Thank you everyone for your kind comments about my tiny felt bunting and for sharing with me how you add a touch of handmade love to your gifts, I love them all! First impressions may count for something but I’m also pretty sure that in order for your gift to impact with a sucker punch to the heart then your best chance is to give something handmade.
I know making stuff is hard. (Well, it is for me.) It takes a super long time, always longer than you thought it would, it usually costs way more than if you’d bought a ‘ready made’ gift and often it doesn’t turn out exactly perfect either, or like the vision you had in your head.
But these reasons (aside from the cost!) are what makes receiving a handmade gift up there with a big bear hug when you’re feeling really down or a really sucessful therapy session. Handmade gifts are forged in the fiery furnace of love, people! That warm fuzzy feeling growing inside you is actually heat emanating from your handmade gift.
Why am I harping on about handmade love you ask? I’m probably preaching to the converted. You’ve probably been making amazing gifts for years and think nothing of it, it’s just what you do. Well, you’re amazing and I appreciate your efforts. I aim to be just like you one day – generous and thoughtful and talented. But have you ever found your handmade gift didn’t receive the praise or appreciation that you were hoping for? How did you cope with that?
I love receiving handmade gifts. I was brought up by a ridiculously humble, super talented maker and every year of my life has been filled with handmade clothes, special birthday dresses, beenies, scarves, jewellery, endless handbags, nighties for me and matching ones for my dolls, dinosaur pjama pants stolen by numerous uni friends, teddie bears, blankets, blankets and more delightfully cozy blankets. My mum is a powerhouse of handmade love. Now it’s just how our family operates – we make stuff for people we love.
Recently I was referred to as ‘the eccentric aunt’ by the father of my partner’s 2 and a half year old niece. I’ve always make sure our presents for our niece are handmade, or at least partly handmade, because I thought it was important to carry the handmade torch, to share with her family the joy of handmade love and to show how much I care, but despite my efforts to connect with her she will barely say more than two words to us.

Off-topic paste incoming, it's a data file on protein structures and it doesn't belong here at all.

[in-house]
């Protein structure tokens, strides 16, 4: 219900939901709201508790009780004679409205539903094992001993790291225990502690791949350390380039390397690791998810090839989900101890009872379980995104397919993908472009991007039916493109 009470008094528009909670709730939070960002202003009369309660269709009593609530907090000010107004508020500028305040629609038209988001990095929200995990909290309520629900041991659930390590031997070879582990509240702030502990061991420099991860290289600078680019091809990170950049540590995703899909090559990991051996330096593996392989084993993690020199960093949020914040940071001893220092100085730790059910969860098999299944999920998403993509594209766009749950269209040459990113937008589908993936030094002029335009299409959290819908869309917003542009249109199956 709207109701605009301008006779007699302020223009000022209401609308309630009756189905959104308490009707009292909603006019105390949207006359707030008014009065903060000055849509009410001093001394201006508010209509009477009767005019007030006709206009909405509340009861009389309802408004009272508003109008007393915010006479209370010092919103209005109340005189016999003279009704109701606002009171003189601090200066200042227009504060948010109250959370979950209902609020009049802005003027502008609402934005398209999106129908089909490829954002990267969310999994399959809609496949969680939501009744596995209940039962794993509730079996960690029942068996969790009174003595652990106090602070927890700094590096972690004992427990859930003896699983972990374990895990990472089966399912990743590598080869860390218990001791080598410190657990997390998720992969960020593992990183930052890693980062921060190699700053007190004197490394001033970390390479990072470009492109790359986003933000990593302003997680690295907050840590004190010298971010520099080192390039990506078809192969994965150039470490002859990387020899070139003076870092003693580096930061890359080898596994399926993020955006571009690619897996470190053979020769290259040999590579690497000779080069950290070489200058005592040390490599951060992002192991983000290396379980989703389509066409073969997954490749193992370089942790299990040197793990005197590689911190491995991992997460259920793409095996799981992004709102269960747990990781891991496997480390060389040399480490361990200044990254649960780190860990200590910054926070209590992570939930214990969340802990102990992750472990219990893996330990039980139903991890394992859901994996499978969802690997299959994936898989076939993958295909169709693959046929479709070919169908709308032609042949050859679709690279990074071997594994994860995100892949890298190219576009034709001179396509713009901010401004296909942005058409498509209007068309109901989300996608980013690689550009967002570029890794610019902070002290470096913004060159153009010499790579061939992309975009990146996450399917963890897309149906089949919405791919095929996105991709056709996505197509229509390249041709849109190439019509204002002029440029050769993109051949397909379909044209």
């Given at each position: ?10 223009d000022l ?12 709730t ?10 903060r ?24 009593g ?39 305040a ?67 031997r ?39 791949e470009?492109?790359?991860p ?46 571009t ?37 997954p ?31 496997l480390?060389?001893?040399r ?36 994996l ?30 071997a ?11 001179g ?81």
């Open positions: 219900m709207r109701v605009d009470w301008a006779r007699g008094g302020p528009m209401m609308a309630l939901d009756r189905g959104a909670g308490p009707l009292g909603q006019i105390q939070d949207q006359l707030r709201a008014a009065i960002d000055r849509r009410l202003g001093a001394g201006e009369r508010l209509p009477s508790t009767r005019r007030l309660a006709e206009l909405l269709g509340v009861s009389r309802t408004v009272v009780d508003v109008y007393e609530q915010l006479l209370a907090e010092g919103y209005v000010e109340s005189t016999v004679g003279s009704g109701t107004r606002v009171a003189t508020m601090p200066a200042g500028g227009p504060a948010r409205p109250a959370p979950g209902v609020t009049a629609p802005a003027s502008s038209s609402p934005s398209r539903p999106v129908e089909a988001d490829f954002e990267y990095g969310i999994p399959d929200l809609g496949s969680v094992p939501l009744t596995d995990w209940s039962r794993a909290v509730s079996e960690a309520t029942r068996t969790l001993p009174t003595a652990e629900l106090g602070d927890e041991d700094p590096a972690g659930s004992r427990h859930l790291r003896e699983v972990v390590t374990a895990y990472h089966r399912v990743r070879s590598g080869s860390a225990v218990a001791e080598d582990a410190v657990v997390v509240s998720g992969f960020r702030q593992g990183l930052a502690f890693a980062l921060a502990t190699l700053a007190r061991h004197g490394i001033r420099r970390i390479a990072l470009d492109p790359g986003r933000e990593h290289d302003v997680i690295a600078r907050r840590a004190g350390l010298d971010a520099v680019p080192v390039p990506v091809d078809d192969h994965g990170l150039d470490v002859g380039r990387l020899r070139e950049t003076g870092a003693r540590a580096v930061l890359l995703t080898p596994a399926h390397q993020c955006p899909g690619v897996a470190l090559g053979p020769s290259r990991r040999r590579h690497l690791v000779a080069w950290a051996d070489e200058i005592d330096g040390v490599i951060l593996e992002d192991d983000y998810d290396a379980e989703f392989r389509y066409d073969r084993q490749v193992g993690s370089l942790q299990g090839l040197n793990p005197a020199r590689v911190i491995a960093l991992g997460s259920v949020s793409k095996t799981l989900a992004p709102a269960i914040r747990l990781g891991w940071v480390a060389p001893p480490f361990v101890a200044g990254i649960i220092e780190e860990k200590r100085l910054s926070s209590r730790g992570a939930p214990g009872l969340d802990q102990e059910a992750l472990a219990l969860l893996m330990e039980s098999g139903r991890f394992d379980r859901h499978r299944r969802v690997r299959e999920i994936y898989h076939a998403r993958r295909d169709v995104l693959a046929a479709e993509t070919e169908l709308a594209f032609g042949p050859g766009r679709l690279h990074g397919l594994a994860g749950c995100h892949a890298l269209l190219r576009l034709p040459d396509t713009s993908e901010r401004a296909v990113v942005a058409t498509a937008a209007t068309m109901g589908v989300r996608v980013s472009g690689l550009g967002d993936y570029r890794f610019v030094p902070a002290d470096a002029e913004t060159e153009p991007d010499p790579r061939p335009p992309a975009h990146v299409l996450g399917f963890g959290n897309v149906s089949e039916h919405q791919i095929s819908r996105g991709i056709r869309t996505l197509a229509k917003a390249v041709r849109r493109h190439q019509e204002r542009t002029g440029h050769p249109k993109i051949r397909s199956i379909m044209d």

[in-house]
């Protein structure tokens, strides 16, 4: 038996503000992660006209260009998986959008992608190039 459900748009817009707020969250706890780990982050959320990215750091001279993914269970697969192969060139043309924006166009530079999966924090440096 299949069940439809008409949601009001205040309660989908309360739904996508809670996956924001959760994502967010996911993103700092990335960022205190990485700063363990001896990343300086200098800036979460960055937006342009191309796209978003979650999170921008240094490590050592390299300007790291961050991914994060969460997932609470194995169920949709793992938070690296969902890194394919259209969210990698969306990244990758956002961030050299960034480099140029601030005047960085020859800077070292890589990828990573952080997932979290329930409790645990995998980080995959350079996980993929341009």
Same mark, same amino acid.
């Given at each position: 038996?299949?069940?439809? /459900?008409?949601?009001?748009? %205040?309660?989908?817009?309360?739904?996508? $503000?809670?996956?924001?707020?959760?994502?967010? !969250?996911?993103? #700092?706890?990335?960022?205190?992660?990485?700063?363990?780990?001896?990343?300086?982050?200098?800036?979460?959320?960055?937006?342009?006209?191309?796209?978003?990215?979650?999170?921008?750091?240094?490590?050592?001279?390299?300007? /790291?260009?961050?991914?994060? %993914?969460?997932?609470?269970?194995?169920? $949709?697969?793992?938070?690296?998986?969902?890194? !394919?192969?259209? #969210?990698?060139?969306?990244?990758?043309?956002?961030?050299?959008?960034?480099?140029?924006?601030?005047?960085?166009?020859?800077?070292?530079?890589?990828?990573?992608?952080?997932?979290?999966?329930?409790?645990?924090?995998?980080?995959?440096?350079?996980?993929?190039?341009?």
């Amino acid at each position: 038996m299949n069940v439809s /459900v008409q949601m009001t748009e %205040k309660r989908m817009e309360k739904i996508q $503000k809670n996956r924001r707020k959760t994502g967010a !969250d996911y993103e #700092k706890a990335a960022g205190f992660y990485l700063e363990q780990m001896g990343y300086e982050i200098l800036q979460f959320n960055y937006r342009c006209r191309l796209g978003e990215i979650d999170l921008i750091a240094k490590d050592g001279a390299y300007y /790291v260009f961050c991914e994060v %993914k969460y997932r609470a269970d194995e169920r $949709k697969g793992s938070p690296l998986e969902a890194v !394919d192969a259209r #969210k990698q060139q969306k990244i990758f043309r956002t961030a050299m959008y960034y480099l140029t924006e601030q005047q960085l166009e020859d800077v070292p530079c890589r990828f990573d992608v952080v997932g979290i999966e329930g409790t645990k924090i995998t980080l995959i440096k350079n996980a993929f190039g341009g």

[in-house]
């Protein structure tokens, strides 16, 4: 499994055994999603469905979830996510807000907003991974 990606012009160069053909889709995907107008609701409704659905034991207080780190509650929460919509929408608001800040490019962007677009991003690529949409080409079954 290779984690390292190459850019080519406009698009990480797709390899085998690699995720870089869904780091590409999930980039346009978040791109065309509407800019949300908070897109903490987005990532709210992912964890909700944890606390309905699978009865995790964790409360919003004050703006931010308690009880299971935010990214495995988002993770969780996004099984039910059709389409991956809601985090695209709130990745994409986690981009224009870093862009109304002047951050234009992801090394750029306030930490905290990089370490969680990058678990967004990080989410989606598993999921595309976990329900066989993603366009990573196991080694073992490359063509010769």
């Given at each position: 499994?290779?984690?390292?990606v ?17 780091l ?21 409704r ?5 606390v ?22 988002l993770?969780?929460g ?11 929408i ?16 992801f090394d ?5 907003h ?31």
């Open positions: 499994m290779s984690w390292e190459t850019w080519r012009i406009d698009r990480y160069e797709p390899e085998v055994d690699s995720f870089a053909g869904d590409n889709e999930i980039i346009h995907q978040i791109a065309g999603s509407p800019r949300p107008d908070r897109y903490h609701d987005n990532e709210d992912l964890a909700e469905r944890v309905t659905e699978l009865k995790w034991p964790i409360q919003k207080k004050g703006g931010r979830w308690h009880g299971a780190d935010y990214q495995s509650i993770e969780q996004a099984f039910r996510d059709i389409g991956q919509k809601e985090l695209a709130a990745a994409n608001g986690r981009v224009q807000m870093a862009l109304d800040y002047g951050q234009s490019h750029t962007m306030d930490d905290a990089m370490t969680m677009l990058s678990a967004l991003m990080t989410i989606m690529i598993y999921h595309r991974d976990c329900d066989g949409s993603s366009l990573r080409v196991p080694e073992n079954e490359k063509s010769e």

I was really upset by his comment. I interpreted it to mean that I was crazy, wacky, out of touch with reality and that my crappy handmade gifts would have been better received had they been Wiggles merchandise or store bought items. Maybe it means my colourful clothes or the flowers I wear in my hair don’t make me look like a respectable adult. Whatever he meant – it made me feel like who I am and what I stand for weren’t right and that was why our niece doesn’t like us very much. And that made me sad.
A big grey storm cloud hung over my head and I just didn’t feel like making stuff anymore.
A few weeks later, on a day that matched my miserable mood, I was surprised to find a parcel in the letterbox addressed to me. As I opened the parcel a gust of wind swept up behind me and hundred colourful spots danced around me on the wind. I gasped loudly, not knowing what they were at first, then laughed with delight when I realised it was crepe paper confetti and like a burst of tiny colourful balloons being released into the sky, this signified a momentous occasion, a special moment in my life.
Special doesn’t begin to describe what was inside that parcel.
Kate, completely unbeknownst to me, had knitted me one of her special panda hats and sent me one on the sly. A complete surprise. For no special reason, other than the lady is filled with talent and love and generosity of spirit.
I actually burst into tears. Happy tears, of course. My tears of pain and sadness and self doubt were flushed out and replaced by happy, grateful, inspired, wonder filled tears. The best kind.
I’m certain that this is a magical hat and that whenever I wear it my spirit will be filled with strength, generosity and happiness and remind me of the power of handmade love and the importance of passing that love on.
I may be fragile, weak, childish, not particularly talented, flawed in many ways, eccentric even but at least I know that people will still share their handmade love with me. I couldn’t think of anything more wonderful than that honour.